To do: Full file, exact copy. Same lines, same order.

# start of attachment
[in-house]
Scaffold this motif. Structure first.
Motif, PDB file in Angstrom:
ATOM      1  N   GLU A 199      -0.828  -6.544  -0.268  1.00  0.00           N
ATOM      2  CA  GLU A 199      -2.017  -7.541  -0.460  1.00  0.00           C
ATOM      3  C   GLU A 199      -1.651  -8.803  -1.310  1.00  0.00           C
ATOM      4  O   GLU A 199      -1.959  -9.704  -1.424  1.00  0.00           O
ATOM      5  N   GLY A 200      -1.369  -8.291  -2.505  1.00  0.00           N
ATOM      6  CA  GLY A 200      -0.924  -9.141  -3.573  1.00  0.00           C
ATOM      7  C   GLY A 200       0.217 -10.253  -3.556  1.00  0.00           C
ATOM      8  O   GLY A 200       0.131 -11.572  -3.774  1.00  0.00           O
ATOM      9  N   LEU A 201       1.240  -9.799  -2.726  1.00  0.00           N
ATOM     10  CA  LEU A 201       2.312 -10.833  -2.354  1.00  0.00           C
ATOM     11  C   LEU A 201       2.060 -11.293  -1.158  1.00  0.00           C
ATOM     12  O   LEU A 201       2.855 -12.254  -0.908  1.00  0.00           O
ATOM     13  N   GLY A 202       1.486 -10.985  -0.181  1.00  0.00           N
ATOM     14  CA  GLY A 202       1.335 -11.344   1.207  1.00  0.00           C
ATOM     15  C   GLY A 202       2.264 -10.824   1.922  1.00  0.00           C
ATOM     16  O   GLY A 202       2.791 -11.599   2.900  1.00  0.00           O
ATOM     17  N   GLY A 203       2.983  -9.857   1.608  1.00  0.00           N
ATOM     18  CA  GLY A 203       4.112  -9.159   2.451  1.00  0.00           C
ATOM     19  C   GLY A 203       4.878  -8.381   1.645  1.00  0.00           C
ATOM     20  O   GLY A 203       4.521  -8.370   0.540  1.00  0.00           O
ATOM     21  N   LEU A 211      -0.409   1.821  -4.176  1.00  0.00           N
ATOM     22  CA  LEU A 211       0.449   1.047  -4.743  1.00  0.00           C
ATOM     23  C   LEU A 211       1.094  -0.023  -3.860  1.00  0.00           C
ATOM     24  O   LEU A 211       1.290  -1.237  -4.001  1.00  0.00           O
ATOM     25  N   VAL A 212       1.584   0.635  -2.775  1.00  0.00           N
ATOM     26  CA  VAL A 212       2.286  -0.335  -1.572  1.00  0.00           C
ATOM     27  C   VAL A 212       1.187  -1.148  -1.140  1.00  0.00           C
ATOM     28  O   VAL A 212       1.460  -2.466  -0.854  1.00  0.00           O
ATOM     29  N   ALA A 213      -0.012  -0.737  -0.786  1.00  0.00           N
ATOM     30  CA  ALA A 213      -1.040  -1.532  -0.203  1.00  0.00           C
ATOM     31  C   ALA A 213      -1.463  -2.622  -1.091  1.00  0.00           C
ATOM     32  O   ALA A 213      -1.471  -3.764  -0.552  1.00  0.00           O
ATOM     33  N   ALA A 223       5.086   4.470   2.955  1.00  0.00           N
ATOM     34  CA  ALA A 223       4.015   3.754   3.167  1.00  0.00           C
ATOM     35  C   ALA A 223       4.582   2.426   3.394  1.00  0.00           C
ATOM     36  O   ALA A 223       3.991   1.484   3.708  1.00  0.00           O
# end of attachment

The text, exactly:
[in-house]
Scaffold this motif. Structure first.
Motif, PDB file in Angstrom:
ATOM      1  N   GLU A 199      -0.828  -6.544  -0.268  1.00  0.00           N
ATOM      2  CA  GLU A 199      -2.017  -7.541  -0.460  1.00  0.00           C
ATOM      3  C   GLU A 199      -1.651  -8.803  -1.310  1.00  0.00           C
ATOM      4  O   GLU A 199      -1.959  -9.704  -1.424  1.00  0.00           O
ATOM      5  N   GLY A 200      -1.369  -8.291  -2.505  1.00  0.00           N
ATOM      6  CA  GLY A 200      -0.924  -9.141  -3.573  1.00  0.00           C
ATOM      7  C   GLY A 200       0.217 -10.253  -3.556  1.00  0.00           C
ATOM      8  O   GLY A 200       0.131 -11.572  -3.774  1.00  0.00           O
ATOM      9  N   LEU A 201       1.240  -9.799  -2.726  1.00  0.00           N
ATOM     10  CA  LEU A 201       2.312 -10.833  -2.354  1.00  0.00           C
ATOM     11  C   LEU A 201       2.060 -11.293  -1.158  1.00  0.00           C
ATOM     12  O   LEU A 201       2.855 -12.254  -0.908  1.00  0.00           O
ATOM     13  N   GLY A 202       1.486 -10.985  -0.181  1.00  0.00           N
ATOM     14  CA  GLY A 202       1.335 -11.344   1.207  1.00  0.00           C
ATOM     15  C   GLY A 202       2.264 -10.824   1.922  1.00  0.00           C
ATOM     16  O   GLY A 202       2.791 -11.599   2.900  1.00  0.00           O
ATOM     17  N   GLY A 203       2.983  -9.857   1.608  1.00  0.00           N
ATOM     18  CA  GLY A 203       4.112  -9.159   2.451  1.00  0.00           C
ATOM     19  C   GLY A 203       4.878  -8.381   1.645  1.00  0.00           C
ATOM     20  O   GLY A 203       4.521  -8.370   0.540  1.00  0.00           O
ATOM     21  N   LEU A 211      -0.409   1.821  -4.176  1.00  0.00           N
ATOM     22  CA  LEU A 211       0.449   1.047  -4.743  1.00  0.00           C
ATOM     23  C   LEU A 211       1.094  -0.023  -3.860  1.00  0.00           C
ATOM     24  O   LEU A 211       1.290  -1.237  -4.001  1.00  0.00           O
ATOM     25  N   VAL A 212       1.584   0.635  -2.775  1.00  0.00           N
ATOM     26  CA  VAL A 212       2.286  -0.335  -1.572  1.00  0.00           C
ATOM     27  C   VAL A 212       1.187  -1.148  -1.140  1.00  0.00           C
ATOM     28  O   VAL A 212       1.460  -2.466  -0.854  1.00  0.00           O
ATOM     29  N   ALA A 213      -0.012  -0.737  -0.786  1.00  0.00           N
ATOM     30  CA  ALA A 213      -1.040  -1.532  -0.203  1.00  0.00           C
ATOM     31  C   ALA A 213      -1.463  -2.622  -1.091  1.00  0.00           C
ATOM     32  O   ALA A 213      -1.471  -3.764  -0.552  1.00  0.00           O
ATOM     33  N   ALA A 223       5.086   4.470   2.955  1.00  0.00           N
ATOM     34  CA  ALA A 223       4.015   3.754   3.167  1.00  0.00           C
ATOM     35  C   ALA A 223       4.582   2.426   3.394  1.00  0.00           C
ATOM     36  O   ALA A 223       3.991   1.484   3.708  1.00  0.00           O